Meanwhile, the diversification and innovation in Lyons is taking different forms. After drastically reducing its output of luxury rtw fabrics in 1989, Groupe Perrin’s Verel de Belval division is coming back to the category for fall 1995. Last April, fabric designer Gianluca Berardi joined Verel to create a small collection of luxury fabrics based on 16th- and 17th-century patterns found in the archives of Lyon’s textile museum. “With HermÅs, the strategy was to bring the company back to health,” Duchenaud explained. In 1989, Verel posted sales of $7.5 million (40 million francs) at current exchange in luxury rtw fabrics. That was reduced to about $560,000 (3 million francs) in 1993, following a strategy to focus on the niche business of fabric for lingerie and swimwear. At Bucol, known for its silk solids, figured fabrics and prints, executives realized several seasons ago that they needed to complement their evening-dress fabrics with daytime offerings. Two years ago, Bucol came out with a complementary and less expensive line of basic fabrics, many of which were blends of natural fibers such as cotton and linen. The line is now solidly contributing to sales, and last May, Bucol’s orders were 20 percent ahead, thanks to addition of accounts, including Nicole Miller, Sonia Bogner, Georges Rech and Plein Sud. Buche-Guillaud was for years a silk taffeta specialist, and as such felt the downturn in the market sharply. Last year, sales were about $3.5 million (19 million francs), compared with $6 million (32 million francs) in 1990. Now, the company is putting together a comeback through diversification, making a variety of 100 percent silk products, including crepes and mousselines, and boasts a wide selection of silk and wool blends in solids. Buche-Guillaud also invested in machinery to produce fabric more efficiently, and company officials said the firm is just beginning to recoup its investment costs. SETB is in the midst of a complete overhaul, under managing director Gilles de la BriÅre. After slashing administrative overhead and reorganizing the production lines, SETB’s sales in 1993 of $4.8 million (26 million francs) are back to 1990 levels, and the company could break even this year. De la BriÅre is focusing the company’s production on velvets, under the brand Pernet-Velours.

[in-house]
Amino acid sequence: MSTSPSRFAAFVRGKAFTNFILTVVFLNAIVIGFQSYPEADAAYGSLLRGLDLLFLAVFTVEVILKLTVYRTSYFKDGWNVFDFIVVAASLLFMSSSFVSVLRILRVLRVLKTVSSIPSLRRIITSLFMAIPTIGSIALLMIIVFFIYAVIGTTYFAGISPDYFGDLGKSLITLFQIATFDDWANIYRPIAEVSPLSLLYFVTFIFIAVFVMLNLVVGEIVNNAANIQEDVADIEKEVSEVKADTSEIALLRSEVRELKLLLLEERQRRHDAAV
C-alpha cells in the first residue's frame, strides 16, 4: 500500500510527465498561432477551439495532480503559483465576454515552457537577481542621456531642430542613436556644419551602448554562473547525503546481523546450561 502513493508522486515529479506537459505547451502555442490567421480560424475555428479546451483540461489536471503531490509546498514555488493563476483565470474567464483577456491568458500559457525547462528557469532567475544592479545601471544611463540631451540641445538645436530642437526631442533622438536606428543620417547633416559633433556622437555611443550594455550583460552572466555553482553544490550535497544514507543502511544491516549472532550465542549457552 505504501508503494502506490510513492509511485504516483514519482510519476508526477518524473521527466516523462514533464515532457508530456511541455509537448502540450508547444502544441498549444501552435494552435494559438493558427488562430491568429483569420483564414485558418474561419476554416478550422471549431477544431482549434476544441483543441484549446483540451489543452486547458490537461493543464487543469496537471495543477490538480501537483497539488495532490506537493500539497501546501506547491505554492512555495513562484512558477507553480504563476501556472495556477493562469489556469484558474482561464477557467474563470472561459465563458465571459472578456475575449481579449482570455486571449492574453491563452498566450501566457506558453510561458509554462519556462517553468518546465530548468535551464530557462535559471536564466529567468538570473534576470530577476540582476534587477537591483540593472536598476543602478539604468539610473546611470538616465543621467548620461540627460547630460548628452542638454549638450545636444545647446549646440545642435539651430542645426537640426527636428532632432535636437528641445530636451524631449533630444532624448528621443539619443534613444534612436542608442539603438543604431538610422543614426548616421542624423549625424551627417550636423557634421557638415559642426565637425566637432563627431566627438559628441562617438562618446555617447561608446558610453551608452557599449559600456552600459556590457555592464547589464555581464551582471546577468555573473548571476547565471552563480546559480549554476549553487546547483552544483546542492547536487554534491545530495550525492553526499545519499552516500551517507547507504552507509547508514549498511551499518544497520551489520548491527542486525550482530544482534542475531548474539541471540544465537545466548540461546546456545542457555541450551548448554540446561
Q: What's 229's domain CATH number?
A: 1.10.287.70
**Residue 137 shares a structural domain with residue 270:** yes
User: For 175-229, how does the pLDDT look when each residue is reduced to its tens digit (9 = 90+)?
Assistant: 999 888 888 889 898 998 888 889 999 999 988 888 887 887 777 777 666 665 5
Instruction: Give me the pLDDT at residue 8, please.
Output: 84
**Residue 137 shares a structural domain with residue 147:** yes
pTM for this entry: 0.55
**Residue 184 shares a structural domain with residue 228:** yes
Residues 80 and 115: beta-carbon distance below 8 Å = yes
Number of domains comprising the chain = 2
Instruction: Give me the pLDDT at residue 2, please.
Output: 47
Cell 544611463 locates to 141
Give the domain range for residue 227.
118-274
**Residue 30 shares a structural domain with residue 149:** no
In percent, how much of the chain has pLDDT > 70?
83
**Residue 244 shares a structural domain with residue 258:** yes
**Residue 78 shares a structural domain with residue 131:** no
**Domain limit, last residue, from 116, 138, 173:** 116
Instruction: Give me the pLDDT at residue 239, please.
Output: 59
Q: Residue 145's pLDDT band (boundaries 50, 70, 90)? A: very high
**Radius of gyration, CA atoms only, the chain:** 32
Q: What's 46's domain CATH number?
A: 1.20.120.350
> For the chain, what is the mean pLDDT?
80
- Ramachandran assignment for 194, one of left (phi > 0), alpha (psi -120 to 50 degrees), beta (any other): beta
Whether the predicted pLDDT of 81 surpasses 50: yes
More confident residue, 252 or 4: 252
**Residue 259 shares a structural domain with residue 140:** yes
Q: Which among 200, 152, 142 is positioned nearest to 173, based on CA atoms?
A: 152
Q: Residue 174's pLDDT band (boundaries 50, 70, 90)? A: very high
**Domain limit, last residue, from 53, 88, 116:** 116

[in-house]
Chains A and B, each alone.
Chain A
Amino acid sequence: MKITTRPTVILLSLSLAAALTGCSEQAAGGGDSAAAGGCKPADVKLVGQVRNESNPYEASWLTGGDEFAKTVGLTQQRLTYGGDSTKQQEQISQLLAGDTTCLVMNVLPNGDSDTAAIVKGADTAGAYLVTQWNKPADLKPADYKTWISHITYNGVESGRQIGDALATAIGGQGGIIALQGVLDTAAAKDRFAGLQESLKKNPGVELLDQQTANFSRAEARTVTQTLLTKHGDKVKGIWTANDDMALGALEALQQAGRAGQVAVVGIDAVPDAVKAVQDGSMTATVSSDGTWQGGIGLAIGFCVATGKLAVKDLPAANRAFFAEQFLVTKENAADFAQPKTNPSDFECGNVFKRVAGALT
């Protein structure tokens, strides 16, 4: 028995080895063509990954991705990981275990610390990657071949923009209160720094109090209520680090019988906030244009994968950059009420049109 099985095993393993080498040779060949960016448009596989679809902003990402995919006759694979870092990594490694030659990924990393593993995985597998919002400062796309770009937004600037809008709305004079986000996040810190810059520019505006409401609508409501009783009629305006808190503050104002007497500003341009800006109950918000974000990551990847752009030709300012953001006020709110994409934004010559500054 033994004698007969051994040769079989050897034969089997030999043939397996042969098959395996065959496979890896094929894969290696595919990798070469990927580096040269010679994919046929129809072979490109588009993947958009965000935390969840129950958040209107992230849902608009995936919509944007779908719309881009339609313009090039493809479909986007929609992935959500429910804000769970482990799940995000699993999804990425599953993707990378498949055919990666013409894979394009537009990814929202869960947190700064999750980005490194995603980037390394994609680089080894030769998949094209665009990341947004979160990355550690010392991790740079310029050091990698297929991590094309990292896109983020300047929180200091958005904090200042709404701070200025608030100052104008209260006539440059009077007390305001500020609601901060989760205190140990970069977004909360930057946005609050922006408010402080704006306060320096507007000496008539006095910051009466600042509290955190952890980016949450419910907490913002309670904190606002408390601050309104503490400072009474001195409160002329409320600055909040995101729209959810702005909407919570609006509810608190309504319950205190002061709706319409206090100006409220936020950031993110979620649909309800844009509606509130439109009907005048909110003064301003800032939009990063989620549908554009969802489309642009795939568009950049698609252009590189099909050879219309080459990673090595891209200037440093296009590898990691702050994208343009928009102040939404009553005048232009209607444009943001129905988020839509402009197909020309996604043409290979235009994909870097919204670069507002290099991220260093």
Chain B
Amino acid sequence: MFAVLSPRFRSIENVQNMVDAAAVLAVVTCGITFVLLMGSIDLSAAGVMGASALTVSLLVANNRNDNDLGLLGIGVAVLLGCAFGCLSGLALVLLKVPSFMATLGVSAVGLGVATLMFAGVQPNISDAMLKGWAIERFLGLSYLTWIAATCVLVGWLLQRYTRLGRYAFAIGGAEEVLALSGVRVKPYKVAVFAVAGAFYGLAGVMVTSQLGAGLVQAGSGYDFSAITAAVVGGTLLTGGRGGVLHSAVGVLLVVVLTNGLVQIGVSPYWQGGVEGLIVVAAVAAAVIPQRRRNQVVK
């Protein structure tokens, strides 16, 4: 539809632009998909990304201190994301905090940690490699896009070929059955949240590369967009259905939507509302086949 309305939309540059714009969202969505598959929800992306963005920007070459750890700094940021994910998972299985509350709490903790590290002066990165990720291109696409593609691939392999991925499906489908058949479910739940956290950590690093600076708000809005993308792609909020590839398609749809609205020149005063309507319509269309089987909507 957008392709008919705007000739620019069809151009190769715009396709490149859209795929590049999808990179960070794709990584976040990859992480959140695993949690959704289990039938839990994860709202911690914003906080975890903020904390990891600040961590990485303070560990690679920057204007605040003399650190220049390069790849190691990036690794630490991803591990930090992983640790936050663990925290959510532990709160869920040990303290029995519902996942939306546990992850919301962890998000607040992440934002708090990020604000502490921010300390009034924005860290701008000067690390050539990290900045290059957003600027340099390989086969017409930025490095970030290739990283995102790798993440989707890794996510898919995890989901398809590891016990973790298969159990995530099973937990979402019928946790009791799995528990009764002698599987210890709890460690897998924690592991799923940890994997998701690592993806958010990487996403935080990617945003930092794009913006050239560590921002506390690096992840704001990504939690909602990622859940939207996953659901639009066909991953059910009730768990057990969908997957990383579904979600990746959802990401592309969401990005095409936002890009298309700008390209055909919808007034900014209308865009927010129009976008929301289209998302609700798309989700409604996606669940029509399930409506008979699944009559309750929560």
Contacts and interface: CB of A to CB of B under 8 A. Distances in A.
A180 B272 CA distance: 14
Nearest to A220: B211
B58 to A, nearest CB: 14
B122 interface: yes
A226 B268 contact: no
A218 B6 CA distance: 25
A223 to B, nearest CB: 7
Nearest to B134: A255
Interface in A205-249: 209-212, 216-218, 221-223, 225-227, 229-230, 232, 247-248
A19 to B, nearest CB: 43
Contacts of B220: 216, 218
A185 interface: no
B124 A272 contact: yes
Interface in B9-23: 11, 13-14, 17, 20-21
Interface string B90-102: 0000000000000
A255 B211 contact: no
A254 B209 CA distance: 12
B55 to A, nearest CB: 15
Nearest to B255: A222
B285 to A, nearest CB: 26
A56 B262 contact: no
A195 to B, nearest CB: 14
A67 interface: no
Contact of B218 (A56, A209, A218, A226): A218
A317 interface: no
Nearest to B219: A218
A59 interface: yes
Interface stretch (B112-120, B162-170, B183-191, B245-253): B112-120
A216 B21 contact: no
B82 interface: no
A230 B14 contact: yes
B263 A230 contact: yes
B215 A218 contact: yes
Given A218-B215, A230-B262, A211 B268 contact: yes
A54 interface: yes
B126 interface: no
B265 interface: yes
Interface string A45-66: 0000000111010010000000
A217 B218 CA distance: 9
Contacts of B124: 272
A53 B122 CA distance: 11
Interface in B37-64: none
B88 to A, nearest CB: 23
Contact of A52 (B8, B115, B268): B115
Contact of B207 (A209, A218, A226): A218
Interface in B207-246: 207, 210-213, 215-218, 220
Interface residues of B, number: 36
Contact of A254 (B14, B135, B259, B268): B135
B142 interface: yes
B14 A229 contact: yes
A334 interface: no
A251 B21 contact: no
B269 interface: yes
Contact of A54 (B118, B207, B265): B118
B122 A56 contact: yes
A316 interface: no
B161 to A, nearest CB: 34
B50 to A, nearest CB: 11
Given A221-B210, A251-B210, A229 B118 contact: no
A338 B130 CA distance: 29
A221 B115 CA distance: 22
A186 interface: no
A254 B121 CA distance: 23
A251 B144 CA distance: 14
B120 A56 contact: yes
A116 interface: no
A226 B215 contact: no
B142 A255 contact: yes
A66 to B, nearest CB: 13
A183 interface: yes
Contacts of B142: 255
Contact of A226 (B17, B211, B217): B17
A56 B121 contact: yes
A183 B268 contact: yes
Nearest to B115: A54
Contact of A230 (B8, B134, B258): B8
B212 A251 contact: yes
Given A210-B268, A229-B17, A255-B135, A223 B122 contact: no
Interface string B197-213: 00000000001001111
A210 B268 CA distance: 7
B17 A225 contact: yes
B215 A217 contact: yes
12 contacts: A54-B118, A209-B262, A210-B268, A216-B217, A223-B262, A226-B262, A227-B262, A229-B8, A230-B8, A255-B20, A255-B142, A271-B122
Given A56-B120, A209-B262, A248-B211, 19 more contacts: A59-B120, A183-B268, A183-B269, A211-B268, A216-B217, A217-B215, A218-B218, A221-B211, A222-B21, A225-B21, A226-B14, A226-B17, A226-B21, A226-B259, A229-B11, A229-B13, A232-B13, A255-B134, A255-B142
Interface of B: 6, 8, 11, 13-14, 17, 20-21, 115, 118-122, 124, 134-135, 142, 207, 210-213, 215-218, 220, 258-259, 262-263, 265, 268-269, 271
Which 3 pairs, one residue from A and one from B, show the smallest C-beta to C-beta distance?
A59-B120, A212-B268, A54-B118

Now, SETB counts Calvin Klein, Yves Saint Laurent Variation and Bill Blass among its clients. Designer Olivier Lapidus, who creates the haute couture for the house his father founded, has done his entire fall couture collection in silks from Lyon, thanks in part to a collaboration organized by the Centre Textile de Lyon et RÄgion between Lapidus and 17 makers from Lyon. While the Lyonnais-Lapidus collection is, in effect, a promotional effort, it has led to new innovations in silk treatments and effects including a fabric that has the luster and texture of suede, a silk astrakhan and a silk velvet mock-corduroy.
Other efforts in reinforcing Lyon’s heritage include attracting engineers back into the textile industry, whose population of aging artisans presents a major concern. In addition, Lyon’s engineering school, Institut Textile et Chimique de Lyon, has developed an international competition designed to inspire young engineers to design everything from computer programs to machinery for modernizing artisanal and historic techniques. The competition is financed in part by Italy’s Gruppo Ratti, along with the French government and the Scientific Foundation of Lyon and the Southeast Region of France.
The “new generation” of Lyonnais have clearly started to turn things around. They have even hired fabric stylists, which, ironically, few firms had before. These stylists work actively with the sales people to be more in touch with the designer clients. “The problem in the past was that Lyon was directed by an old generation that didn’t always look forward,” said Myriam Pila, the sales director for Soieries Brochier, “[The new generation] wants to dress women younger than age 70.”